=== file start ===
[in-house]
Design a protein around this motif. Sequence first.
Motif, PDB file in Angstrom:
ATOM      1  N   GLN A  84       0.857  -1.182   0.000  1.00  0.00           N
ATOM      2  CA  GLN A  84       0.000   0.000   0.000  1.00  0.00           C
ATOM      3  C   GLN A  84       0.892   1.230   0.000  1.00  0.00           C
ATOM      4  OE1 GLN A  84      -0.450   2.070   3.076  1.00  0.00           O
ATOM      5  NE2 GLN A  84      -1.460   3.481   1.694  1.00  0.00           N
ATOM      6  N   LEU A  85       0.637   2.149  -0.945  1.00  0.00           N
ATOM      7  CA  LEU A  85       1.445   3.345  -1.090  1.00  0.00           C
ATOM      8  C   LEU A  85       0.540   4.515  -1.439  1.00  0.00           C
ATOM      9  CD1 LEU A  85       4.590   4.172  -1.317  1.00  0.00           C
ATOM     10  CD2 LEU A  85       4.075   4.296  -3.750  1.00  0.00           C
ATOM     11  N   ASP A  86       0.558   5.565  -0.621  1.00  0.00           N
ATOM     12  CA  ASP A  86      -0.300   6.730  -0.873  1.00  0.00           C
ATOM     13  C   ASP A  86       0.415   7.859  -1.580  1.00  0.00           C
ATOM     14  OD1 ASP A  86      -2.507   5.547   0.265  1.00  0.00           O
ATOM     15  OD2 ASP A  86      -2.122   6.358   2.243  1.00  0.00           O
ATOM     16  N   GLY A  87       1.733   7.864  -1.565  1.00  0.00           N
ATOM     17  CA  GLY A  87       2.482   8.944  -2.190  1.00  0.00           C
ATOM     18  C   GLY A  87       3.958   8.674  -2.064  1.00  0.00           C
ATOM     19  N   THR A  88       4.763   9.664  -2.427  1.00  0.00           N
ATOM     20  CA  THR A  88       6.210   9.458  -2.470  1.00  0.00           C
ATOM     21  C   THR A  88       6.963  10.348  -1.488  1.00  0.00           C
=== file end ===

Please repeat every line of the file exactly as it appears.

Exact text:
[in-house]
Design a protein around this motif. Sequence first.
Motif, PDB file in Angstrom:
ATOM      1  N   GLN A  84       0.857  -1.182   0.000  1.00  0.00           N
ATOM      2  CA  GLN A  84       0.000   0.000   0.000  1.00  0.00           C
ATOM      3  C   GLN A  84       0.892   1.230   0.000  1.00  0.00           C
ATOM      4  OE1 GLN A  84      -0.450   2.070   3.076  1.00  0.00           O
ATOM      5  NE2 GLN A  84      -1.460   3.481   1.694  1.00  0.00           N
ATOM      6  N   LEU A  85       0.637   2.149  -0.945  1.00  0.00           N
ATOM      7  CA  LEU A  85       1.445   3.345  -1.090  1.00  0.00           C
ATOM      8  C   LEU A  85       0.540   4.515  -1.439  1.00  0.00           C
ATOM      9  CD1 LEU A  85       4.590   4.172  -1.317  1.00  0.00           C
ATOM     10  CD2 LEU A  85       4.075   4.296  -3.750  1.00  0.00           C
ATOM     11  N   ASP A  86       0.558   5.565  -0.621  1.00  0.00           N
ATOM     12  CA  ASP A  86      -0.300   6.730  -0.873  1.00  0.00           C
ATOM     13  C   ASP A  86       0.415   7.859  -1.580  1.00  0.00           C
ATOM     14  OD1 ASP A  86      -2.507   5.547   0.265  1.00  0.00           O
ATOM     15  OD2 ASP A  86      -2.122   6.358   2.243  1.00  0.00           O
ATOM     16  N   GLY A  87       1.733   7.864  -1.565  1.00  0.00           N
ATOM     17  CA  GLY A  87       2.482   8.944  -2.190  1.00  0.00           C
ATOM     18  C   GLY A  87       3.958   8.674  -2.064  1.00  0.00           C
ATOM     19  N   THR A  88       4.763   9.664  -2.427  1.00  0.00           N
ATOM     20  CA  THR A  88       6.210   9.458  -2.470  1.00  0.00           C
ATOM     21  C   THR A  88       6.963  10.348  -1.488  1.00  0.00           C